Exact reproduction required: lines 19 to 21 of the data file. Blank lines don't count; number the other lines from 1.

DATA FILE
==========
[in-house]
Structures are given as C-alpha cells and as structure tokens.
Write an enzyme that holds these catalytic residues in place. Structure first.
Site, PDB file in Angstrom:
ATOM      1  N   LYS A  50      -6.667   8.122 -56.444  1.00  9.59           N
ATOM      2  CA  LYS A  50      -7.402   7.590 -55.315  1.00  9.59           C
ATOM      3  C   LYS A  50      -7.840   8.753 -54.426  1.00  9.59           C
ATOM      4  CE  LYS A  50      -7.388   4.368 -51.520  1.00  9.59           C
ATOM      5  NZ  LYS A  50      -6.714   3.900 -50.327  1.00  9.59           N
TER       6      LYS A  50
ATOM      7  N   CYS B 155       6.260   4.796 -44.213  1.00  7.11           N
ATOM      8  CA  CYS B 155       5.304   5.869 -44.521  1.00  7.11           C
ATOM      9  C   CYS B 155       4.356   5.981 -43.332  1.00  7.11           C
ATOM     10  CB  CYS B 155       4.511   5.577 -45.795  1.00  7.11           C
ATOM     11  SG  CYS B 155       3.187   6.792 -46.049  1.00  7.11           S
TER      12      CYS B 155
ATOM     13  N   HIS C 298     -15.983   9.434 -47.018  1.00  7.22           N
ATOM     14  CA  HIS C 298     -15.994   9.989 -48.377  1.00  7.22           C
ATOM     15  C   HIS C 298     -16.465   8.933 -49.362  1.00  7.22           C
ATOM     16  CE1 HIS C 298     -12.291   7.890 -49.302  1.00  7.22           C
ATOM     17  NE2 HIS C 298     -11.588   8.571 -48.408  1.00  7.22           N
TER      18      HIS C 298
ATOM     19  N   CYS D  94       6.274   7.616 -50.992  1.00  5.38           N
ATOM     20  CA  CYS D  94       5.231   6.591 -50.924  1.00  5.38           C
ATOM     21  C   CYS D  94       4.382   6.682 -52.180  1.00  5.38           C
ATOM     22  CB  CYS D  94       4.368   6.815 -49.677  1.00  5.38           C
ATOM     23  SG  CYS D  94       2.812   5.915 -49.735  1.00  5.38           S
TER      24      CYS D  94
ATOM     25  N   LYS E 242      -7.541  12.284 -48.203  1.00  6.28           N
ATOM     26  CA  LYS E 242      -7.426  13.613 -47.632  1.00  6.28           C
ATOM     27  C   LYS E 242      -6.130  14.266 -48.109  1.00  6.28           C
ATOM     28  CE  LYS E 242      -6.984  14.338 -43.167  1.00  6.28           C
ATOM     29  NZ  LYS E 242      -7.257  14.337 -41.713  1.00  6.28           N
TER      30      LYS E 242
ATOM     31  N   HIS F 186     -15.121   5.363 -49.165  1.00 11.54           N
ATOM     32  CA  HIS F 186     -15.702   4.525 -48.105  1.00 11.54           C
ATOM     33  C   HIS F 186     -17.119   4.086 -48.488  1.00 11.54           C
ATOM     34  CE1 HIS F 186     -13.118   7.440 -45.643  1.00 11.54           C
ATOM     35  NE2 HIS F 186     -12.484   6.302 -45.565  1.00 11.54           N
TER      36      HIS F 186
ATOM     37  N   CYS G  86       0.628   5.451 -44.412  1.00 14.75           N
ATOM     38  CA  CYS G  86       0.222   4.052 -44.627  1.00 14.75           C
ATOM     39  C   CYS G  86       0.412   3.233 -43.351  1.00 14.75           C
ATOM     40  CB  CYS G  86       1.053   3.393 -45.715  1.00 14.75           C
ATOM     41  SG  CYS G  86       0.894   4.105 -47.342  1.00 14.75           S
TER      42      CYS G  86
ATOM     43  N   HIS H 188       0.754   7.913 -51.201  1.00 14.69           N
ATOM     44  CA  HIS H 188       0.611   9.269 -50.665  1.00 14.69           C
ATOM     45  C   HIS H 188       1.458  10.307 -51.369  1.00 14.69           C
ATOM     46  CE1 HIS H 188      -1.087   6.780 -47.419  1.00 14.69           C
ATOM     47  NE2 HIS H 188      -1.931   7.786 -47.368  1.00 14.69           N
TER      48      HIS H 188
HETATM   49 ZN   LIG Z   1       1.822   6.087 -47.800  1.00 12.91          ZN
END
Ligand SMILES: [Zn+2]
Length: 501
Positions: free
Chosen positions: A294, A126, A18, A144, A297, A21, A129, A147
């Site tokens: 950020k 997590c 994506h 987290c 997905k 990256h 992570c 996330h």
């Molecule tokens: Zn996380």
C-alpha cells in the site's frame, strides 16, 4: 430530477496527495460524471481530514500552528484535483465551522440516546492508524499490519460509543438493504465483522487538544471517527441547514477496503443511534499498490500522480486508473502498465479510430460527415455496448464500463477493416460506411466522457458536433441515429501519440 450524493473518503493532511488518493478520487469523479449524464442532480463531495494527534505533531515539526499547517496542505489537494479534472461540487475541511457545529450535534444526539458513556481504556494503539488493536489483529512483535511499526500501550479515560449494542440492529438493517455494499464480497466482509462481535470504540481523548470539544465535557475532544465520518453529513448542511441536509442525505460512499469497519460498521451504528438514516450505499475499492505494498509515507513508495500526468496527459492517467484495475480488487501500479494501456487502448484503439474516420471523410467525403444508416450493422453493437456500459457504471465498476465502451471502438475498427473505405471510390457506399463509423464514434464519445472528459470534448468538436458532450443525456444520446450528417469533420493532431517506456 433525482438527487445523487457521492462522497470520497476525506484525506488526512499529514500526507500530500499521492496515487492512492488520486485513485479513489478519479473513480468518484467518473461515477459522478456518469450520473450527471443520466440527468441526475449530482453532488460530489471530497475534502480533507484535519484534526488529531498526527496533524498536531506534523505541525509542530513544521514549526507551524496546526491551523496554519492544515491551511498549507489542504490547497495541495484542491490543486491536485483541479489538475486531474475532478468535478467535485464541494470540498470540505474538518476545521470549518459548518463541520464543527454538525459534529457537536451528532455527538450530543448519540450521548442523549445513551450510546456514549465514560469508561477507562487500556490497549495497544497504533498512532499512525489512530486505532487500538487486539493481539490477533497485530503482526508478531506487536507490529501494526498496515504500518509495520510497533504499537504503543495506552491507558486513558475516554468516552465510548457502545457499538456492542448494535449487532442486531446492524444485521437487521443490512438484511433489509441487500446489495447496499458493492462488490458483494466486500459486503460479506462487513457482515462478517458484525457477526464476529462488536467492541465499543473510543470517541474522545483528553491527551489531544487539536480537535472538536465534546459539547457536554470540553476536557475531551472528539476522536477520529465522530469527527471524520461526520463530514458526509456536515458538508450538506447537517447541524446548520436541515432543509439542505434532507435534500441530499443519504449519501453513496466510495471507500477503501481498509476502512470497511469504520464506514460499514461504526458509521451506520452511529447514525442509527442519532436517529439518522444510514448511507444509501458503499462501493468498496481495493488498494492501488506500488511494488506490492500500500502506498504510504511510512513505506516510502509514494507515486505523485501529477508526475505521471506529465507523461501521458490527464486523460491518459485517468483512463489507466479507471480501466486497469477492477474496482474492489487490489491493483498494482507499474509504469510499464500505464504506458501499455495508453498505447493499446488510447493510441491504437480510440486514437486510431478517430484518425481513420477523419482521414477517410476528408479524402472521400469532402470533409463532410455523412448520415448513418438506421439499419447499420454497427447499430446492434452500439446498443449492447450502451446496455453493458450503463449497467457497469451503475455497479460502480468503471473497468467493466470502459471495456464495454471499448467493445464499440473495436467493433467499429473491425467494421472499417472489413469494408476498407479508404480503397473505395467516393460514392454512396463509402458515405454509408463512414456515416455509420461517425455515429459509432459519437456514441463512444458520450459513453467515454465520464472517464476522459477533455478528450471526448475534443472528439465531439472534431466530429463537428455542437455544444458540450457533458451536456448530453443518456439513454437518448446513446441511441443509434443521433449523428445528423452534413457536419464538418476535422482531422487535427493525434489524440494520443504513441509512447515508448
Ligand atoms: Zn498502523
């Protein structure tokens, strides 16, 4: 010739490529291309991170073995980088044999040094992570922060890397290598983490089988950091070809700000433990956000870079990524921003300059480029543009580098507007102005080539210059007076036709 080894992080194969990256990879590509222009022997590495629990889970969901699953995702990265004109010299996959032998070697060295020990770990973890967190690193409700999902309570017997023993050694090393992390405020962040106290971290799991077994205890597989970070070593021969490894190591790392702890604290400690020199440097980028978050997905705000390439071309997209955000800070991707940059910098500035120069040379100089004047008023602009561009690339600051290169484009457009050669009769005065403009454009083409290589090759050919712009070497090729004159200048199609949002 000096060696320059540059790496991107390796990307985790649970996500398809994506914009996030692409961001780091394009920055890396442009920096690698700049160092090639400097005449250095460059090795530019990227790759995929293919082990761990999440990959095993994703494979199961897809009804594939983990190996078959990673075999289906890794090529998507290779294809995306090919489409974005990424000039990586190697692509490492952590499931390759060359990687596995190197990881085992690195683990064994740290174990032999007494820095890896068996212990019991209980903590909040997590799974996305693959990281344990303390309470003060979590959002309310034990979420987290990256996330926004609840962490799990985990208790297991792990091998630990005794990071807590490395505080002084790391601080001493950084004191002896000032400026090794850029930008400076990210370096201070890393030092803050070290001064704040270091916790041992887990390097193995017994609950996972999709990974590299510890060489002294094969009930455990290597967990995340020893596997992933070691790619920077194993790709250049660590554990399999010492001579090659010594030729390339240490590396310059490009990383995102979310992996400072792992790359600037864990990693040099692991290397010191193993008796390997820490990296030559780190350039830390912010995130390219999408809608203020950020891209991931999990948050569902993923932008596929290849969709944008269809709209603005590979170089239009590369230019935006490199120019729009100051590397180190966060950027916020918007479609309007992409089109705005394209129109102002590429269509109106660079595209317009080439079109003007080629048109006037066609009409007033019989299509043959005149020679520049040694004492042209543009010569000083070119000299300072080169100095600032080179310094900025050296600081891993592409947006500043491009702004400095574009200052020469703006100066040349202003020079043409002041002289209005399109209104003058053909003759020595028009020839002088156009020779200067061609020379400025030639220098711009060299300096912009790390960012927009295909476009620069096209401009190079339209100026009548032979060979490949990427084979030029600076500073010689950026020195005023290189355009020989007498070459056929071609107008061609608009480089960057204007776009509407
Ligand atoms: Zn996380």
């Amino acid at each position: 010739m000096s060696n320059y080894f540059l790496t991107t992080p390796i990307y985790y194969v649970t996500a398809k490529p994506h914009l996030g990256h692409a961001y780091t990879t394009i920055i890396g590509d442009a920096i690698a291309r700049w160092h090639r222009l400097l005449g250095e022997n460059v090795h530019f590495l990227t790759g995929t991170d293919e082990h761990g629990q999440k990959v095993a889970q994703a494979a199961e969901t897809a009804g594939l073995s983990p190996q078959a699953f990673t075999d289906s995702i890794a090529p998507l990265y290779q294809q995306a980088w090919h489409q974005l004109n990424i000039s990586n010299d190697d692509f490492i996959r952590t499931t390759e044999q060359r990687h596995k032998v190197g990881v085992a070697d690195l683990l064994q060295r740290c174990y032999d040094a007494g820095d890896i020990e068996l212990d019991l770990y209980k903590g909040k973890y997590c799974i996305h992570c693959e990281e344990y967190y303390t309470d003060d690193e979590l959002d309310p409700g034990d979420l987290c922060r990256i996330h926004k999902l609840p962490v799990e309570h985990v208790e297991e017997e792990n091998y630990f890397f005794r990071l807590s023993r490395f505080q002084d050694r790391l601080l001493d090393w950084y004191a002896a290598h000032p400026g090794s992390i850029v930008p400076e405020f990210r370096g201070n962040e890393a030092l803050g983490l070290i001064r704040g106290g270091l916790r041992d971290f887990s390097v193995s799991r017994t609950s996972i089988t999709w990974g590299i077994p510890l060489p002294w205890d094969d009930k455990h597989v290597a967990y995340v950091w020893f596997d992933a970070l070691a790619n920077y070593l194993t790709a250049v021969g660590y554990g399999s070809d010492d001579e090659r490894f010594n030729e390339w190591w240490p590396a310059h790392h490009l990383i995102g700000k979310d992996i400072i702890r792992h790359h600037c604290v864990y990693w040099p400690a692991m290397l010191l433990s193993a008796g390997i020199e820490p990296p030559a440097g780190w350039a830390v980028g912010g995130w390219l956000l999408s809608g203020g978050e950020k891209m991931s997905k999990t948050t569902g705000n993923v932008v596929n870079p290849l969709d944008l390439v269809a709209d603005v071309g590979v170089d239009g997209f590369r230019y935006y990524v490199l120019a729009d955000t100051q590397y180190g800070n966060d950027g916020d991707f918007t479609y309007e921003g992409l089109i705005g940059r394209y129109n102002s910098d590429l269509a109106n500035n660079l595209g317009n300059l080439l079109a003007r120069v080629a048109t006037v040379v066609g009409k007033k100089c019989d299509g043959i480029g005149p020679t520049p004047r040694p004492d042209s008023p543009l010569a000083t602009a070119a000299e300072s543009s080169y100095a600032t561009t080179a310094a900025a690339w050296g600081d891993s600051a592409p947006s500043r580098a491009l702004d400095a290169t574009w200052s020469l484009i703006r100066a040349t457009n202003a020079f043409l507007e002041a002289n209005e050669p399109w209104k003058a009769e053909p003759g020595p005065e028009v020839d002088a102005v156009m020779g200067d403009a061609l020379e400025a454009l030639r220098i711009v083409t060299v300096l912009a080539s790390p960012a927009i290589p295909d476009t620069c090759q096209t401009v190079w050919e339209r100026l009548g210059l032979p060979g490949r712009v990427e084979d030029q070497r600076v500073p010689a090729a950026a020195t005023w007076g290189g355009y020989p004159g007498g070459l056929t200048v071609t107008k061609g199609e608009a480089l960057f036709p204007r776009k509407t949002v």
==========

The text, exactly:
ATOM     15  C   HIS C 298     -16.465   8.933 -49.362  1.00  7.22           C
ATOM     16  CE1 HIS C 298     -12.291   7.890 -49.302  1.00  7.22           C
ATOM     17  NE2 HIS C 298     -11.588   8.571 -48.408  1.00  7.22           N